Fasting for Tom Zipper
by Josh Kornbluth
I sent a text to my rabbi, asking whether I would have to give up coffee for Yom Kippur -- but my cell phone "corrected" my message, assuming that "Yom Kippur" was my typo-laden attempt to thumb-type "Tom Zipper."
My rabbi texted me back, asking (reasonably enough) why this Tom Zipper fellow would want me to give up coffee.
I had just started going to temple, at the age of fifty, for the first time in my life -- and the wonderful young rabbi and I were just getting to know each other. So, as far as he knew, maybe I was the kind of weak-willed person who would allow someone else to dictate my coffee-drinking habits. Or perhaps the gentleman I was referring to was a Dr. Tom Zipper, and his reasoning was purely medical.
I was about to send my rabbi a second text, in which I would make sure that he knew I was asking about Yom Kippur, and not Tom Zipper -- but then I was struck by a curious thought: what if a "Tom Zipper" did ask me to quit drinking coffee? Anyone who knows me even moderately well is aware of my deep and abiding addiction to coffee; I drink it pretty much all the time, from when I get up in the morning to the moment before I lay down my head at night (I'm an excellent sleeper -- it's my only real skill). To ask me to give up coffee -- well, it would be like asking Michael Jordan to give up basketball. (And if you'll remember, Jordan actually tried to do that several times, and failed.) I found myself getting indignant about Zipper's hubris: who did he think he was, anyhow?
Now, let me just say here that the rational part of me understood that it was somewhat weird to get worked up about a fictional person who'd only hypothetically asked me to do something. And yet, for some reason, I felt myself getting more and more disquieted by Zipper's intrusion into both the spiritual and caffeinated areas of my life.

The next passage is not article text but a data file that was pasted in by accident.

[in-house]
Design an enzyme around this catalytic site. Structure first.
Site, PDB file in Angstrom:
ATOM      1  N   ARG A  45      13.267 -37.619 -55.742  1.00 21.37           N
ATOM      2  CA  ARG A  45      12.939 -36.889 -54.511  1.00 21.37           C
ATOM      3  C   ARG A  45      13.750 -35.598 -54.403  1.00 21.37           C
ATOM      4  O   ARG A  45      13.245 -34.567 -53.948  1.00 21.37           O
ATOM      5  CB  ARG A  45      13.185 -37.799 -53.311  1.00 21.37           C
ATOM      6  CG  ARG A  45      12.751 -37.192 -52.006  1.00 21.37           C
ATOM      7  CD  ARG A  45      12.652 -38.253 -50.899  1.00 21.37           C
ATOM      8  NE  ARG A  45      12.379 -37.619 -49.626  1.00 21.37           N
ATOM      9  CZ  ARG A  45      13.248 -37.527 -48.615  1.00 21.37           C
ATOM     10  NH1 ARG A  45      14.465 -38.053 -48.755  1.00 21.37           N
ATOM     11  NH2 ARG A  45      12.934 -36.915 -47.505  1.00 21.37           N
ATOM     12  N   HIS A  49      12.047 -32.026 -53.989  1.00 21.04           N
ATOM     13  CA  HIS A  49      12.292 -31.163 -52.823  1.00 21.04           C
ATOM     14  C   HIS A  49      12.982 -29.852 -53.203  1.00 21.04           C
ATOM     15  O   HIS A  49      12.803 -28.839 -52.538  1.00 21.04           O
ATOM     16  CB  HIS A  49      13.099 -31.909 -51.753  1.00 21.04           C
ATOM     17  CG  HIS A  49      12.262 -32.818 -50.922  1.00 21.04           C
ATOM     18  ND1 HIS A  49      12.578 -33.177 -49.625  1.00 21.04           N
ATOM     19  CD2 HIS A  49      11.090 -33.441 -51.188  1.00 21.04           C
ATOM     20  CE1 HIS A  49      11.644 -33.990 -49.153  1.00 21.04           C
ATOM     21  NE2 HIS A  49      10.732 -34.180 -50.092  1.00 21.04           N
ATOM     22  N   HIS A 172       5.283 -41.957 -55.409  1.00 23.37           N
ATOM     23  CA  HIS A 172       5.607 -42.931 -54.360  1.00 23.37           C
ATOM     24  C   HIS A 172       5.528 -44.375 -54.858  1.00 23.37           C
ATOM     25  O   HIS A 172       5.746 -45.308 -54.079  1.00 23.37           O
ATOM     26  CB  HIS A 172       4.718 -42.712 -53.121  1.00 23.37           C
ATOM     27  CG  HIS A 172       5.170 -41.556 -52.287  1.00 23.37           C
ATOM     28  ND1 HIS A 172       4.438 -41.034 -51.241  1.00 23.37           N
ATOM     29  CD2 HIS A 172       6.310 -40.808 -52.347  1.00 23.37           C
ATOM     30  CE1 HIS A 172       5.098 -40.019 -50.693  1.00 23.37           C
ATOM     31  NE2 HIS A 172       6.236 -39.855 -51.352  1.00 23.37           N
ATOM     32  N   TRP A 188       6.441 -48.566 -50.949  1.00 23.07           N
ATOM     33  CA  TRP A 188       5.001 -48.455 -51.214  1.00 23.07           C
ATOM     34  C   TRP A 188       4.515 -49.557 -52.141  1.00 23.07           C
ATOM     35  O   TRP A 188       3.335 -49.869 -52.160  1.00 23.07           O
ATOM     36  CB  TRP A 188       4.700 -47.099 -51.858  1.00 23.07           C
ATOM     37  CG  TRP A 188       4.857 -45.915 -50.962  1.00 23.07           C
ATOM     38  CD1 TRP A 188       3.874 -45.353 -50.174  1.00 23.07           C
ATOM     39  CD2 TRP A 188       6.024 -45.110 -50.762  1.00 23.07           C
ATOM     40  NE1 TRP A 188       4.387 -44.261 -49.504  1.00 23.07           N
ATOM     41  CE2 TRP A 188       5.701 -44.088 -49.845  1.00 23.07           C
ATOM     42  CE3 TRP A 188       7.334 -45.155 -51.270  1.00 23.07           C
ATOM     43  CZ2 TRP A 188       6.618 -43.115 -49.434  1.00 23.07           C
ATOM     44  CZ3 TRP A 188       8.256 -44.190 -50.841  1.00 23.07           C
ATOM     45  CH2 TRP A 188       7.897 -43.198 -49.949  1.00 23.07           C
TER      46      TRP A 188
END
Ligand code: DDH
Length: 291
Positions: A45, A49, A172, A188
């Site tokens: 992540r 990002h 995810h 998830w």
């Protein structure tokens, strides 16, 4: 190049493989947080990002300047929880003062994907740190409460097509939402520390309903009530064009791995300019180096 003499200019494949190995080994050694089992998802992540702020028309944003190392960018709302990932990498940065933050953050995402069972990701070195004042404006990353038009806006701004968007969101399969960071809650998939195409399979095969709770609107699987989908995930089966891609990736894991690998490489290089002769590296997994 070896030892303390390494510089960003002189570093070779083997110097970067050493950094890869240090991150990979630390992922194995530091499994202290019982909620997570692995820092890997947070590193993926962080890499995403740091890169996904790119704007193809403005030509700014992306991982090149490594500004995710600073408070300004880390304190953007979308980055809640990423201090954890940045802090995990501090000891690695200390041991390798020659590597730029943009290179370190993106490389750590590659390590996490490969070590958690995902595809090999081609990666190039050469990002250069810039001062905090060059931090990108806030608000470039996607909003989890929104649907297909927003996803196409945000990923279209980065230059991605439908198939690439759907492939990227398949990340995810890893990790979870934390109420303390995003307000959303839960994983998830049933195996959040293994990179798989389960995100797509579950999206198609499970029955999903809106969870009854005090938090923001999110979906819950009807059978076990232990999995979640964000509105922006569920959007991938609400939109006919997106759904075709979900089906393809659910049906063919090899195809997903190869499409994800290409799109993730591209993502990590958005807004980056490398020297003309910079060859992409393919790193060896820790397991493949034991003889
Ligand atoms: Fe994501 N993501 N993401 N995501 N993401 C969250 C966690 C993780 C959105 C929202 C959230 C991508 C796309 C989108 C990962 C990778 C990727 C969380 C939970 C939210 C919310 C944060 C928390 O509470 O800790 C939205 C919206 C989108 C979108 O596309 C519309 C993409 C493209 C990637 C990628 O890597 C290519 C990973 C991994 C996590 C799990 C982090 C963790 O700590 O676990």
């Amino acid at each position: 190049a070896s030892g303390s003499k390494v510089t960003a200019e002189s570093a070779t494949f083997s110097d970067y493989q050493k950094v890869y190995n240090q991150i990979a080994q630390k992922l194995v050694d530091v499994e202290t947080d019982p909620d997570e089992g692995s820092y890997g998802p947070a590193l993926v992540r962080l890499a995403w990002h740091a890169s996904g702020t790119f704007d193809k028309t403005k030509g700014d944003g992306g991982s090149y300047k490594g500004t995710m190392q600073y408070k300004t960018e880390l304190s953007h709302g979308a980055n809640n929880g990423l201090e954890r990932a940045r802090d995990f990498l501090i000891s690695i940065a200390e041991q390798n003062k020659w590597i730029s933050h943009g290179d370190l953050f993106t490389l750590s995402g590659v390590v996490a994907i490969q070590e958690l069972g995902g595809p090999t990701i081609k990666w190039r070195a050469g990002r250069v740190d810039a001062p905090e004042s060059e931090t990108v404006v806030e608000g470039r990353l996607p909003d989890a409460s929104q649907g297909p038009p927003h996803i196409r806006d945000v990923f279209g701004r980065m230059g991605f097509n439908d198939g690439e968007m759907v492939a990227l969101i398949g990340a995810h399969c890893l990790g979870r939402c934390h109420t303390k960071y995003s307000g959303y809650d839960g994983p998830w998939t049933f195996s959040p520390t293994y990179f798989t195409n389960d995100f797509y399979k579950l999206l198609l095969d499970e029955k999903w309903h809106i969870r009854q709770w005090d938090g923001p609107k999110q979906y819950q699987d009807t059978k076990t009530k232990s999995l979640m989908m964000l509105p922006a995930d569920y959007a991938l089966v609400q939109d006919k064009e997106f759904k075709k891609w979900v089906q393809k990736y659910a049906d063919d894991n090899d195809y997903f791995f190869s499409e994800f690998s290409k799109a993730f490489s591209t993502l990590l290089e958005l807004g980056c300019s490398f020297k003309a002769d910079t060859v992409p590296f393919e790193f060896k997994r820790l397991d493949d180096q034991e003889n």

Why? Was it, perhaps, because somewhere, deep down, I sensed that Tom Zipper had a point? Maybe coffee had become a chemical/emotional crutch for me -- in which case, going without it for a day might actually give me some perspective on my deeper self.
I began to think a bit more highly of this Tom Zipper guy. Who was he, and what gave him such insight into my character and foibles?
Perhaps he himself had gone through similar challenges to the ones I was now facing in middle age: the heavy sensation that, after years of leaving me pretty much alone (aside from some gray hairs and the occasional backache), time was now insistently pushing me toward the finish line; the knowledge that my young son was rapidly becoming a man (not to mention a mensch), and would be needing less and less of my involvement in his life; the deep pessimism about our species' chances for peace, shared prosperity, or even survival, that kept gnawing at me, despite my best attempts to remain a Pollyanna ... Maybe Tom Zipper had experienced all these things -- or at least something like them -- and had discovered, through the temporary self-denial of delicious coffee, a way to find a bit of perspective, or even relief.
My cell phone bleeped. It was my rabbi, with another text: "Hey, did u mean ‘Yom Kippur'? If so, sadly I must tell u that coffee is indeed verboten - also, all food & drink, even water!"
Alas! So I had suspected. And, as a newly (and still somewhat tentatively) observant Jew, I might have decided, on the spot, to give the whole thing up. Why suffer unnecessarily? Wasn't there enough loss in life already, without relinquishing food, drink -- and, especially, coffee -- for a whole day? In fact, to be honest with you, that was indeed my first impulse: to abandon faith for the relative comfort (and caffeine) of secular life -- to acknowledge the seemingly obvious fact that I didn't have the right stuff to get through Yom Kippur.
But something influenced me to stay the course -- and that something, or someone, was Tom Zipper. Tom Zipper had gotten through to me. I don't know how. I'm even pretty sure that there is no Tom Zipper, other than as a magical creation of the collective human imagination. But I believe in Tom Zipper, or I'm beginning to believe, or I want to believe. And for now, apparently, that's enough.
Josh Kornbluth is a monologuist who lives in Berkeley with his wife and son and their cornsnake, Snakey. His latest solo show is Andy Warhol: Good for the Jews? You can follow his doings at JoshKornbluth.com.
Kornbluth, Josh. 2010. Fasting for Tom Zipper. Tikkun 25(6): 80